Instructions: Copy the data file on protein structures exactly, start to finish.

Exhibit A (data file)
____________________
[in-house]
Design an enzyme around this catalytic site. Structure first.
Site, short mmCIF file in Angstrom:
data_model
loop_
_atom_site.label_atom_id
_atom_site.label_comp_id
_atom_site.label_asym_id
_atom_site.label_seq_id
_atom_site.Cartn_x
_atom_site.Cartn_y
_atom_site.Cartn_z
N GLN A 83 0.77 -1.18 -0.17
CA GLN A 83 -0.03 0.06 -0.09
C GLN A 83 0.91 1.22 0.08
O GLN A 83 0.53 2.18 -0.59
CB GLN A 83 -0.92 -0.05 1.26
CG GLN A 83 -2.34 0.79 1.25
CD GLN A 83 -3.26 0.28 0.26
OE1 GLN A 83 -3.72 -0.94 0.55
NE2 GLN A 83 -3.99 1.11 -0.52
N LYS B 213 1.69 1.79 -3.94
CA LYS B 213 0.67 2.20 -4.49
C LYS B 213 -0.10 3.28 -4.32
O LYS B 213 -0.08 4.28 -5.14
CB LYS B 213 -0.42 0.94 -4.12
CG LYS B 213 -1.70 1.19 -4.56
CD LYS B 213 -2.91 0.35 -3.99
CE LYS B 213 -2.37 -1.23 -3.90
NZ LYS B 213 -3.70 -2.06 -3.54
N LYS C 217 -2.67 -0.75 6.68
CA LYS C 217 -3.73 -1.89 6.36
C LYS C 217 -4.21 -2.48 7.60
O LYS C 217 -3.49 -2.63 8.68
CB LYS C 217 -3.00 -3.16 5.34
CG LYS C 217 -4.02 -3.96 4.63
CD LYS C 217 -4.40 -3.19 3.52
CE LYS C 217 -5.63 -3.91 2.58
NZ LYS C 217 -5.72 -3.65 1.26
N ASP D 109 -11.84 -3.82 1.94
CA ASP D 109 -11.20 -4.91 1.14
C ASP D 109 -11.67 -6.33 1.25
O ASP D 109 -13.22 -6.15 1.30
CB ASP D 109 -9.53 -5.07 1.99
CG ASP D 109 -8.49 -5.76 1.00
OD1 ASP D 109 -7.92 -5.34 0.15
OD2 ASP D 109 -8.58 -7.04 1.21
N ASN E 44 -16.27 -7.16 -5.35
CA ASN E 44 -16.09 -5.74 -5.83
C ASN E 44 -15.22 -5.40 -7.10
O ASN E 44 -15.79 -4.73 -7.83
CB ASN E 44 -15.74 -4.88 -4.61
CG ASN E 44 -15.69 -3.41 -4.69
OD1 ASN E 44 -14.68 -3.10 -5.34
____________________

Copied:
[in-house]
Design an enzyme around this catalytic site. Structure first.
Site, short mmCIF file in Angstrom:
data_model
loop_
_atom_site.label_atom_id
_atom_site.label_comp_id
_atom_site.label_asym_id
_atom_site.label_seq_id
_atom_site.Cartn_x
_atom_site.Cartn_y
_atom_site.Cartn_z
N GLN A 83 0.77 -1.18 -0.17
CA GLN A 83 -0.03 0.06 -0.09
C GLN A 83 0.91 1.22 0.08
O GLN A 83 0.53 2.18 -0.59
CB GLN A 83 -0.92 -0.05 1.26
CG GLN A 83 -2.34 0.79 1.25
CD GLN A 83 -3.26 0.28 0.26
OE1 GLN A 83 -3.72 -0.94 0.55
NE2 GLN A 83 -3.99 1.11 -0.52
N LYS B 213 1.69 1.79 -3.94
CA LYS B 213 0.67 2.20 -4.49
C LYS B 213 -0.10 3.28 -4.32
O LYS B 213 -0.08 4.28 -5.14
CB LYS B 213 -0.42 0.94 -4.12
CG LYS B 213 -1.70 1.19 -4.56
CD LYS B 213 -2.91 0.35 -3.99
CE LYS B 213 -2.37 -1.23 -3.90
NZ LYS B 213 -3.70 -2.06 -3.54
N LYS C 217 -2.67 -0.75 6.68
CA LYS C 217 -3.73 -1.89 6.36
C LYS C 217 -4.21 -2.48 7.60
O LYS C 217 -3.49 -2.63 8.68
CB LYS C 217 -3.00 -3.16 5.34
CG LYS C 217 -4.02 -3.96 4.63
CD LYS C 217 -4.40 -3.19 3.52
CE LYS C 217 -5.63 -3.91 2.58
NZ LYS C 217 -5.72 -3.65 1.26
N ASP D 109 -11.84 -3.82 1.94
CA ASP D 109 -11.20 -4.91 1.14
C ASP D 109 -11.67 -6.33 1.25
O ASP D 109 -13.22 -6.15 1.30
CB ASP D 109 -9.53 -5.07 1.99
CG ASP D 109 -8.49 -5.76 1.00
OD1 ASP D 109 -7.92 -5.34 0.15
OD2 ASP D 109 -8.58 -7.04 1.21
N ASN E 44 -16.27 -7.16 -5.35
CA ASN E 44 -16.09 -5.74 -5.83
C ASN E 44 -15.22 -5.40 -7.10
O ASN E 44 -15.79 -4.73 -7.83
CB ASN E 44 -15.74 -4.88 -4.61
CG ASN E 44 -15.69 -3.41 -4.69
OD1 ASN E 44 -14.68 -3.10 -5.34